A Shane MacGowan Tribute: Recollections by Maeve Murphy

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Maeve Murphy

Maeve Murphy

As I write this I feel a surge of emotion, the funeral has started of Shane MacGowan and I have seen some of the TV news of the funeral cortege and Shane’s coffin wrapped in a tricolor and a photo of him beside it. He now is gone and I still can’t believe it.

I met Shane first via Frank Murray the Pogues manager who in the late 80s was supporting the women’s theatre company I was in, with the play we did about the Dirty Protest in Armagh women’s prison. I remember Shane clocking some of us as we came into Bar Ganza, a tapas bar in Camden. Something I always noticed about him was he was observant, interested in people.

I then for my sins, was asked by Victoria his girlfriend, also a part of the Camden scene if I would be Shane’s cleaner for a few days- the flat needed attention.  The thought of me untidy that I was, to go in, armed with Mr Sheen and polish Shane MacGowan’s sideboard, and for him to potentially run his finger over it and tell me I had missed a bit here, seemed surreal. We agreed a price and I went in.

I duly hovered and polished and wiped. I am sure as well as emptying crammed overflowing ashtrays and drunk bottles into bin liners, I must have I must have jiffed the kitchen sink and bathroom also. I remember Shane coming in and sitting on the sofa and watching cartoons on TV with the sound turned down.  He seemed “tired” and I was spaced out, so our mutual lethargy worked a treat, we didn’t bother each other. Taking a breather, I sat beside him silently watching the silent cartoons, and it felt kind of cosy. A feeling of comraderie. There was nothing starry about him. He was big brotherly. I liked him.

I do remember a little Tug of War with Shane over his records. There were loads of them and all the records were out of the covers and spread like a sea across the floor. I spent hours dutifully putting the records back in their sleeves and neatly stacking them, only to find the next day they were all over the floor again. I got the message. Don’t mess with my vinyl Murphy. I felt his legendary strong will. You don’t make Irish music popular and cool  without a phenomenal strength and determination. He knew what he was doing, that was his goal, his crusade. That was his vision.

Another unspoken conversation was when out of the blue he turned up on his own, to see a play I was doing about a mother and baby home with the same women’s theatre group in a pub theatre in Islington. He must have made up about a fifth of the audience. He came in late but we really felt the support. Afterwards in the bar he expressed concern re my character who he said looked like she was going through hell, like heroin withdrawal. It was in fact a self induced abortion, but I noted a real empathy for the suffering of those women.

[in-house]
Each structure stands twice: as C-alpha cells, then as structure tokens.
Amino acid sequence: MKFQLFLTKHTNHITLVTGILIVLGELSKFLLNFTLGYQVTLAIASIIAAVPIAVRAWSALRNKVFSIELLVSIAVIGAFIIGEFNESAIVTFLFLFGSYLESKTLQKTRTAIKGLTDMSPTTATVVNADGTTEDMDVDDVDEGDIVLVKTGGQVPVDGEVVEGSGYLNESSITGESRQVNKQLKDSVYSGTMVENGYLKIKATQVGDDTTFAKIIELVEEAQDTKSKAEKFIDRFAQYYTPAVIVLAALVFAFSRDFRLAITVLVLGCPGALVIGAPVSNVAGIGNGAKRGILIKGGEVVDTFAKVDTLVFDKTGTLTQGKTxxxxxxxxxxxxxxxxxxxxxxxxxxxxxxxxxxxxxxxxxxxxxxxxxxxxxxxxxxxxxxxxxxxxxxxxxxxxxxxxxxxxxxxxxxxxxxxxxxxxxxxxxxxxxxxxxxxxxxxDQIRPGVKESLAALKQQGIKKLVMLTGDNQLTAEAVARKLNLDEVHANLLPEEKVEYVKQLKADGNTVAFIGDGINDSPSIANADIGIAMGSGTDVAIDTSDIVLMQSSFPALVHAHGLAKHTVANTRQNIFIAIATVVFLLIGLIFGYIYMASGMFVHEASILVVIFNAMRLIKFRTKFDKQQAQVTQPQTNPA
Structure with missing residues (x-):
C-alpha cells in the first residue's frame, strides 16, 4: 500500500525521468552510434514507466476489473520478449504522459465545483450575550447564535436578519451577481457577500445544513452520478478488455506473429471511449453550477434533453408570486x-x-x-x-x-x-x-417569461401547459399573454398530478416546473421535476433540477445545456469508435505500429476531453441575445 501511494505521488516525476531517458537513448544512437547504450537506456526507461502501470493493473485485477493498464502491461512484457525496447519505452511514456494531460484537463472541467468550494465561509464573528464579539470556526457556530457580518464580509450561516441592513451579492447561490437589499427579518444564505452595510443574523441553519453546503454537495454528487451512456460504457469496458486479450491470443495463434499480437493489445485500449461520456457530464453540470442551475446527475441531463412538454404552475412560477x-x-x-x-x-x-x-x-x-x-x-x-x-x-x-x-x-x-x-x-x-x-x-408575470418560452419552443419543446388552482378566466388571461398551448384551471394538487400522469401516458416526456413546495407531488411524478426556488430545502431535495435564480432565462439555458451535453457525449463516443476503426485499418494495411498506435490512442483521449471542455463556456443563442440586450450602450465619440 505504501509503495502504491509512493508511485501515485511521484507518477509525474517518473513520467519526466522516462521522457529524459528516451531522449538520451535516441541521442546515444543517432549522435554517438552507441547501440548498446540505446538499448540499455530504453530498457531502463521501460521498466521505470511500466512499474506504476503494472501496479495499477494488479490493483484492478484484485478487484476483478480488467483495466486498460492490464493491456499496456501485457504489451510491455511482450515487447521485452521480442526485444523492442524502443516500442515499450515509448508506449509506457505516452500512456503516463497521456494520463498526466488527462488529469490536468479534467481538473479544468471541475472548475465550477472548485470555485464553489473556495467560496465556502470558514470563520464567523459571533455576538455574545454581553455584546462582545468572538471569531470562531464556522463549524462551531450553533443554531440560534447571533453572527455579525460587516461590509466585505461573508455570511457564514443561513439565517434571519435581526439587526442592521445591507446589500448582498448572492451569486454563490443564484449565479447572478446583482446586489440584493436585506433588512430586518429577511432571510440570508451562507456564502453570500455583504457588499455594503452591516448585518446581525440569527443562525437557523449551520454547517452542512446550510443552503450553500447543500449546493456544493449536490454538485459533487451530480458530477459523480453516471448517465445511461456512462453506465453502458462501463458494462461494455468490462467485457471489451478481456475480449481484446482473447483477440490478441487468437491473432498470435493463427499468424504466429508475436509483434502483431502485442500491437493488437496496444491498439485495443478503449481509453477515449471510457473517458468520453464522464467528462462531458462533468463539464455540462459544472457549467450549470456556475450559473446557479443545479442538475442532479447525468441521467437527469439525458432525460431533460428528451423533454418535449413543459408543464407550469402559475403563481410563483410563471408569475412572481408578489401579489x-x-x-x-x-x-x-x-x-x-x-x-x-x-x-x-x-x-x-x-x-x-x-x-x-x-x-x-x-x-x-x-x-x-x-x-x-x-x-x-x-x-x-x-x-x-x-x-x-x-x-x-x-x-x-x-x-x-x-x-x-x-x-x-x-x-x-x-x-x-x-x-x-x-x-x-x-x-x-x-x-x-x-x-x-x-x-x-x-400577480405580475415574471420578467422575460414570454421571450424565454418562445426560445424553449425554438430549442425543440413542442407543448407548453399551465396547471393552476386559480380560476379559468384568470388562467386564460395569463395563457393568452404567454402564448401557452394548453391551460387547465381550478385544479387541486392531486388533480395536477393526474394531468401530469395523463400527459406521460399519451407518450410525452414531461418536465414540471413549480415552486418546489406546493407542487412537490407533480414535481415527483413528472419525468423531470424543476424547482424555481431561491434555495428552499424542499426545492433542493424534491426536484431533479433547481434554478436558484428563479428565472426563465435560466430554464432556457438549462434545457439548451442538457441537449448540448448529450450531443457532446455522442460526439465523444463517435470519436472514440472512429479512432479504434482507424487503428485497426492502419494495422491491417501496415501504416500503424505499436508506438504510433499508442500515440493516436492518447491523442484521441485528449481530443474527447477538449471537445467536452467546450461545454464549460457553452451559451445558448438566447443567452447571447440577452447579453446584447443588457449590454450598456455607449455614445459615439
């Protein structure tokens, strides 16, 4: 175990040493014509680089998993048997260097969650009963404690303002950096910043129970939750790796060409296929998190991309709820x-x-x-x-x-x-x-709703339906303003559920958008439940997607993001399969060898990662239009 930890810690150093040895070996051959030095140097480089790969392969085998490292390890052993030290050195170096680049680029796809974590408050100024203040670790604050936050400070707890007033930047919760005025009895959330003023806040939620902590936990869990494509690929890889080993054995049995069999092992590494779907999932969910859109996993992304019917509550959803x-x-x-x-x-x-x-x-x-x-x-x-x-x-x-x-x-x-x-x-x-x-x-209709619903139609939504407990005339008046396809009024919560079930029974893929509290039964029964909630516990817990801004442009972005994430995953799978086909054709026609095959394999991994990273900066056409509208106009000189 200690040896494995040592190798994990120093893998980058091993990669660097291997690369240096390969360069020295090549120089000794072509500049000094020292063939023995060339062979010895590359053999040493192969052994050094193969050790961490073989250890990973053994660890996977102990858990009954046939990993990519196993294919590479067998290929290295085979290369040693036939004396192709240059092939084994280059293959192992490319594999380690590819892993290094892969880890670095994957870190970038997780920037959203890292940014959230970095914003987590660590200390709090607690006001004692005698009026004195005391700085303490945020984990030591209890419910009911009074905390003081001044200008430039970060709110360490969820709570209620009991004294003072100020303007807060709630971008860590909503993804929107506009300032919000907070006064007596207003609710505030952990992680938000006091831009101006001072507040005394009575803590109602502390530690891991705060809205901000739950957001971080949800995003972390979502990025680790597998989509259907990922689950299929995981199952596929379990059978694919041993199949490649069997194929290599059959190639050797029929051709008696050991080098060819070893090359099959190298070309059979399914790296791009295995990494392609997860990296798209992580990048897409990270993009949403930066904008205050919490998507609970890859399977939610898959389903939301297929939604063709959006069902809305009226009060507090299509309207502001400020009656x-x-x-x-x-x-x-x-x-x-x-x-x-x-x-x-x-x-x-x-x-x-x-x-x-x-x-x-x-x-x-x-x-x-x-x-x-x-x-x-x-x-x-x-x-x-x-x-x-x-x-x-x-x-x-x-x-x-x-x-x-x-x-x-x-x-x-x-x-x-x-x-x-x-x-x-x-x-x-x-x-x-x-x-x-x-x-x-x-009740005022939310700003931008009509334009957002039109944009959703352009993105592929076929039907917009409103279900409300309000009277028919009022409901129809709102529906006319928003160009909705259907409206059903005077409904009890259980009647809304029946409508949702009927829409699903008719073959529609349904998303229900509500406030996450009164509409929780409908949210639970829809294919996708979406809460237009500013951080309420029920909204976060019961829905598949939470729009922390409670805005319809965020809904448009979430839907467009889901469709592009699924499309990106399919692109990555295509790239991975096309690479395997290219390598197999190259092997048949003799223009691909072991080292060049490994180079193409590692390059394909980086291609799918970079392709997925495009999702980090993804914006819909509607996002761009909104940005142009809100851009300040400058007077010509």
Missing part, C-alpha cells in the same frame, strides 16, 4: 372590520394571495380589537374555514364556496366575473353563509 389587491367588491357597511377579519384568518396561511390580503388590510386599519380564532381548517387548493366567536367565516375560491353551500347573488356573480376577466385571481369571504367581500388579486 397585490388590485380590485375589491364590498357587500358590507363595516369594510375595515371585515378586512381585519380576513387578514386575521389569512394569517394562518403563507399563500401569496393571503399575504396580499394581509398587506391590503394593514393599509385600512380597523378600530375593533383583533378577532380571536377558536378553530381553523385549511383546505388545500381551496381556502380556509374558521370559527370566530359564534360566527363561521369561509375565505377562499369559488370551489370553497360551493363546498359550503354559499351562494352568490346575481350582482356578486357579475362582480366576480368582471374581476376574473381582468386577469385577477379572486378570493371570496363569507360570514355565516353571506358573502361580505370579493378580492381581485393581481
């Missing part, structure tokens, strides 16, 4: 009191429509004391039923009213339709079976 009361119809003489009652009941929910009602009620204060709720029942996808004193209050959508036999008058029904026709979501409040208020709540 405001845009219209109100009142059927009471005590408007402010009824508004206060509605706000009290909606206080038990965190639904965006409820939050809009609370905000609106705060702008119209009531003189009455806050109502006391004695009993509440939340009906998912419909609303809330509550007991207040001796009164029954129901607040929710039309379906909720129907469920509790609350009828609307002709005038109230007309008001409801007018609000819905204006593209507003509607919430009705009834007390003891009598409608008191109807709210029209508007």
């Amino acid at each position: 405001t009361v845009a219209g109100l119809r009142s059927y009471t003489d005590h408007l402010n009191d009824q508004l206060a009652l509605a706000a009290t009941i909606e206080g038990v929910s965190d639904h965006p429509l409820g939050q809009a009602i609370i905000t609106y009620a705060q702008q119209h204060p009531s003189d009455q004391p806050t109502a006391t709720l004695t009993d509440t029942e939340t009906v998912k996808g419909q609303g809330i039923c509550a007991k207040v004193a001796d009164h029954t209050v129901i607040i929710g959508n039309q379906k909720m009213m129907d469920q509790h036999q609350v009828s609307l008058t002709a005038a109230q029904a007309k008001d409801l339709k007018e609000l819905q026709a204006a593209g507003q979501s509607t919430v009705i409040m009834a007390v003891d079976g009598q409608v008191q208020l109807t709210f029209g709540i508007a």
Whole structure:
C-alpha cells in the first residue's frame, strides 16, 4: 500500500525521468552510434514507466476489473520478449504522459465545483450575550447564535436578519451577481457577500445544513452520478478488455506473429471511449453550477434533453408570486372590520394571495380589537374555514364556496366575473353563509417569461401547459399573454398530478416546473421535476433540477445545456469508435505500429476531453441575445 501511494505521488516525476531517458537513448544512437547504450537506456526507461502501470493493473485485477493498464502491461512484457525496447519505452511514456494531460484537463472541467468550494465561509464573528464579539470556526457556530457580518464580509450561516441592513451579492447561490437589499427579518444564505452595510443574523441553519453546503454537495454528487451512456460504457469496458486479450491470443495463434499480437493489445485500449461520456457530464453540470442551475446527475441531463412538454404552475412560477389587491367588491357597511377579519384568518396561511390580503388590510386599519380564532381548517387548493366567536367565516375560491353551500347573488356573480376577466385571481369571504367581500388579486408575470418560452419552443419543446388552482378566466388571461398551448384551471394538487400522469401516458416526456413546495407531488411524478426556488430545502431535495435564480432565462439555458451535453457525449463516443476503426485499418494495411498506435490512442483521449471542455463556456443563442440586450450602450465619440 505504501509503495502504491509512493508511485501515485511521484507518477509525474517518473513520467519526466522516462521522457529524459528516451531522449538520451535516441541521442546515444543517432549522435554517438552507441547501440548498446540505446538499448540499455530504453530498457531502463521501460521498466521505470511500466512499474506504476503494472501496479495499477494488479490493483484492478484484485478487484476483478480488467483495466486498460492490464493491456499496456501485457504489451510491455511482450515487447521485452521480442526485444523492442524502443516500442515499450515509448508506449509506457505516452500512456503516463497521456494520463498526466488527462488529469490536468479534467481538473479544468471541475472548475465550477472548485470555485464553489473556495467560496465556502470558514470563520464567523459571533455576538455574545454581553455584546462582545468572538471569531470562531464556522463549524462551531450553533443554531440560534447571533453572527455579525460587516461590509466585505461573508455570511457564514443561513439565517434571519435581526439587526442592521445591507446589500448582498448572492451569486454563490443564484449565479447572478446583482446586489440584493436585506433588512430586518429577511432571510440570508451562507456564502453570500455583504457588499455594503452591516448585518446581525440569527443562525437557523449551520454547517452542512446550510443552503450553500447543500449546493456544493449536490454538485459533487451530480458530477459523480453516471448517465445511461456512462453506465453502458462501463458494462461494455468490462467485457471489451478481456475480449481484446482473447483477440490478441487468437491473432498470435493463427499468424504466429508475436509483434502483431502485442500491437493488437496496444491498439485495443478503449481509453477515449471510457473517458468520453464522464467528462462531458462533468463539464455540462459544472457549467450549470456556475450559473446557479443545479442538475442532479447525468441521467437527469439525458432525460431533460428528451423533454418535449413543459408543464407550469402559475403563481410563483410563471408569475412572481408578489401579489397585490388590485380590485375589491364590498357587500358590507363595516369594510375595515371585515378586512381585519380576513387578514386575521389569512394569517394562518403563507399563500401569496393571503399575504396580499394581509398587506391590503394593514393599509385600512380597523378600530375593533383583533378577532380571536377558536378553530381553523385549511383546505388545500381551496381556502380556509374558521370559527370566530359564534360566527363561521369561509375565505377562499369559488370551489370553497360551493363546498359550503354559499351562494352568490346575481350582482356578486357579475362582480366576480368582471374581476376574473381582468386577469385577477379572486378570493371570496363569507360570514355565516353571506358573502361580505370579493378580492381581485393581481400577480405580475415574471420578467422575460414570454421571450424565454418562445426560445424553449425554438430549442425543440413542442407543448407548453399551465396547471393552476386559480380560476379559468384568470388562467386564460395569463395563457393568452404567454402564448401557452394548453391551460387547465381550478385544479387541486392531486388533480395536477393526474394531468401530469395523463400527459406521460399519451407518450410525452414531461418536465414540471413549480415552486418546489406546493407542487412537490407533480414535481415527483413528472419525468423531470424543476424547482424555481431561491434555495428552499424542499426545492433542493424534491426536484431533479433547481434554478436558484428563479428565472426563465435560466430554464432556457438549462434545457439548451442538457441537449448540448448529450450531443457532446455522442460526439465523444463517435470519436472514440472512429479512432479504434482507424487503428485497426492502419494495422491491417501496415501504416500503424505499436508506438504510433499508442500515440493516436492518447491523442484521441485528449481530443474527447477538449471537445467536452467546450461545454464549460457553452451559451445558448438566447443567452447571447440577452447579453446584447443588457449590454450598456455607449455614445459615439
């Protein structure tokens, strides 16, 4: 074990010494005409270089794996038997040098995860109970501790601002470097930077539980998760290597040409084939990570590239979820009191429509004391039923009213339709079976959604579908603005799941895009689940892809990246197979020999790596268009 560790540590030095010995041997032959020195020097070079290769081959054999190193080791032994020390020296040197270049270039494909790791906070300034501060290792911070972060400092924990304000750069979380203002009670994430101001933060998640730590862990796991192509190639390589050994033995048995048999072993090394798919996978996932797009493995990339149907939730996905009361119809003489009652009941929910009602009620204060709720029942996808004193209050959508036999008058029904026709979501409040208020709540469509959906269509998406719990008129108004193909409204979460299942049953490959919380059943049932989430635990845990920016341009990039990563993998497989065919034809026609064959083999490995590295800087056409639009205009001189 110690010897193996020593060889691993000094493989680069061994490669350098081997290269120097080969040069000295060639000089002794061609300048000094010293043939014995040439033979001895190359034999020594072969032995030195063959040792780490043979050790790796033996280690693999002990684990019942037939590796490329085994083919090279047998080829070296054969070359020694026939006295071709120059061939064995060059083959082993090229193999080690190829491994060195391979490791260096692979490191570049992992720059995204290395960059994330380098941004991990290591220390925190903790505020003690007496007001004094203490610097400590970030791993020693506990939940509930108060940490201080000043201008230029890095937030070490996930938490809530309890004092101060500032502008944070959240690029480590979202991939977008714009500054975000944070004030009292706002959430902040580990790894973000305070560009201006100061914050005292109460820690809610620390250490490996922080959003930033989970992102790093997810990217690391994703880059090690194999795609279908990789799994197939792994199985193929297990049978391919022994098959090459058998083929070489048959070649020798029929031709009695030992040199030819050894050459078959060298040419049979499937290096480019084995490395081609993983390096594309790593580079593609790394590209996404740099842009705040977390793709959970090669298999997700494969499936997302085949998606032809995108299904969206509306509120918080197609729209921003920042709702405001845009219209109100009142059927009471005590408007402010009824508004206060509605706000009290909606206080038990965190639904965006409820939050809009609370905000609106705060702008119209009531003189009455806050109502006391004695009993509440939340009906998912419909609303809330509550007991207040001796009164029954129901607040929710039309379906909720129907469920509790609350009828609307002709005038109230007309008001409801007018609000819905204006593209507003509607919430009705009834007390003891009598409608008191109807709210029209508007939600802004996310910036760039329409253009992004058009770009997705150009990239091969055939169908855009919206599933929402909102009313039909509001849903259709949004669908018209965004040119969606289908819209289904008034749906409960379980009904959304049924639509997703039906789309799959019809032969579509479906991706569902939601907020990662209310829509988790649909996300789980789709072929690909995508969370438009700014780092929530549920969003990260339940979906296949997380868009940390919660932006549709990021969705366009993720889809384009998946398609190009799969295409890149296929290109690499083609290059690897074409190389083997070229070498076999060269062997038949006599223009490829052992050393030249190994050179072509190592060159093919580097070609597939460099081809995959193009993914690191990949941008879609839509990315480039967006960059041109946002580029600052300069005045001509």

We all lost contact but reconnected years later between 2018-2020 when I was working with Victoria on a film script about them. I went in again, now as screenwriter, not cleaner and I got some nice words mumbled re my film “Silent Grace” which touched me greatly. It was the same Shane, except due to injury he was now permanently seated in front of the TV.  I noticed his eyes were shining, so undistilled, pure, like a child’s. Maybe they were always like that but I’d never noticed. And still so polite, considerate, gentle. His great mate Paul and his biographer Richard came in and we had a laugh.

The TV he now watched was Netflix and the visual crazy stuff not cartoons but Orson Wells “The Other Side of The Wind”. We watched that together, it was kind of spell binding, he loved it so much he wanted to watch again. We also watched the comedy “ A Fish called Wanda” and it was great to hear him laughing. Yes having the odd glass of wine, not much. Occasionally getting him another bottle from the fridge. But the roaring boy, the completely out of it Shane, trance like, crawling on the ground, that I painfully witnessed during the filming of the” Yeah Yeah Yeah” Pogues video seemed gone.

The Pogues gigs were astonishing, such joi de vivre, I always went home really happy. His songs, that sense of being with humanity, warts and all, with them, side by side is how I experienced him in life. And his punk free spirit vibe connected with all, exhilarating, transcended nationality. A bodhissatva punk spirit, full of compassion but without indulgence. I heard him shout the odd time, impassioned re something and that very strong will emerging… I heard him be sharp in a sussed way, but most of the time the Shane I knew was simply with people, part of the group, even if he was leading it.

When I think there is no Shane watching Netflix and his chair in front of the TV is empty, it makes me very sad. But celebrating him on this day, I see, he did extraordinary things; he wrote the most incredible heart and soul songs, he showed culture can contribute to building peace, and he brought pride and joy back to an Irish community in England which was on its knees. For that I salute you Shane, now and eternally.

I imagine him sitting somewhere, watching us all on some kind of celestial TV, soaking up the moment while planning for some more of his humanistic poetic genius to come raining down on us, just when we’re least expecting. And then he’ll piss himself laughing.

(c) Maeve Murphy

About the author

Maeve Murphy is an award winning filmmaker including “Silent Grace” and author “Christmas at the ‘Cross”.

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